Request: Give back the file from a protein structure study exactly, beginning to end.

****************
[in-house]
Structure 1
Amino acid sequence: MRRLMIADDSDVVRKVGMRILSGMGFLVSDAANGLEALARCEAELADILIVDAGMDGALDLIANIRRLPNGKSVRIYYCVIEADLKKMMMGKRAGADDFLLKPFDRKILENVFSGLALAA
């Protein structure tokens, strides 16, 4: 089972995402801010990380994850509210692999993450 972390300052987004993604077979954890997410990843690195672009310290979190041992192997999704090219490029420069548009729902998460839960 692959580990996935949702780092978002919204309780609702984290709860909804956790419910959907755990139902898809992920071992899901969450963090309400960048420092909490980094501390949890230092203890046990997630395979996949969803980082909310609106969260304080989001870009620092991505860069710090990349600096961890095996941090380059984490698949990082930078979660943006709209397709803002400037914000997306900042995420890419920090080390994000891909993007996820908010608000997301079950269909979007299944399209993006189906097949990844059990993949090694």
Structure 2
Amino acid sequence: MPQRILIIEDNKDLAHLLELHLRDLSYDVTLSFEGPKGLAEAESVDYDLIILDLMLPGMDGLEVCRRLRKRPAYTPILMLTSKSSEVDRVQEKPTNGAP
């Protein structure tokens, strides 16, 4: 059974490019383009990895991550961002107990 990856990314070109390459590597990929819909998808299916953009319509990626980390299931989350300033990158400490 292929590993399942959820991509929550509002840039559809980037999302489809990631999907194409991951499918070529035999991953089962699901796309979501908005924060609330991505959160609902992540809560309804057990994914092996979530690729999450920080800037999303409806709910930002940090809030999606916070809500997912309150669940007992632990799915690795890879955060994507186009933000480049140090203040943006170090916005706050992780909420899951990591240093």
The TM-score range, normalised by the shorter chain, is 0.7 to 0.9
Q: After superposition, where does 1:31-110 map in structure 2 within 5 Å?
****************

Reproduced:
[in-house]
Structure 1
Amino acid sequence: MRRLMIADDSDVVRKVGMRILSGMGFLVSDAANGLEALARCEAELADILIVDAGMDGALDLIANIRRLPNGKSVRIYYCVIEADLKKMMMGKRAGADDFLLKPFDRKILENVFSGLALAA
């Protein structure tokens, strides 16, 4: 089972995402801010990380994850509210692999993450 972390300052987004993604077979954890997410990843690195672009310290979190041992192997999704090219490029420069548009729902998460839960 692959580990996935949702780092978002919204309780609702984290709860909804956790419910959907755990139902898809992920071992899901969450963090309400960048420092909490980094501390949890230092203890046990997630395979996949969803980082909310609106969260304080989001870009620092991505860069710090990349600096961890095996941090380059984490698949990082930078979660943006709209397709803002400037914000997306900042995420890419920090080390994000891909993007996820908010608000997301079950269909979007299944399209993006189906097949990844059990993949090694």
Structure 2
Amino acid sequence: MPQRILIIEDNKDLAHLLELHLRDLSYDVTLSFEGPKGLAEAESVDYDLIILDLMLPGMDGLEVCRRLRKRPAYTPILMLTSKSSEVDRVQEKPTNGAP
């Protein structure tokens, strides 16, 4: 059974490019383009990895991550961002107990 990856990314070109390459590597990929819909998808299916953009319509990626980390299931989350300033990158400490 292929590993399942959820991509929550509002840039559809980037999302489809990631999907194409991951499918070529035999991953089962699901796309979501908005924060609330991505959160609902992540809560309804057990994914092996979530690729999450920080800037999303409806709910930002940090809030999606916070809500997912309150669940007992632990799915690795890879955060994507186009933000480049140090203040943006170090916005706050992780909420899951990591240093």
The TM-score range, normalised by the shorter chain, is 0.7 to 0.9
Q: After superposition, where does 1:31-110 map in structure 2 within 5 Å?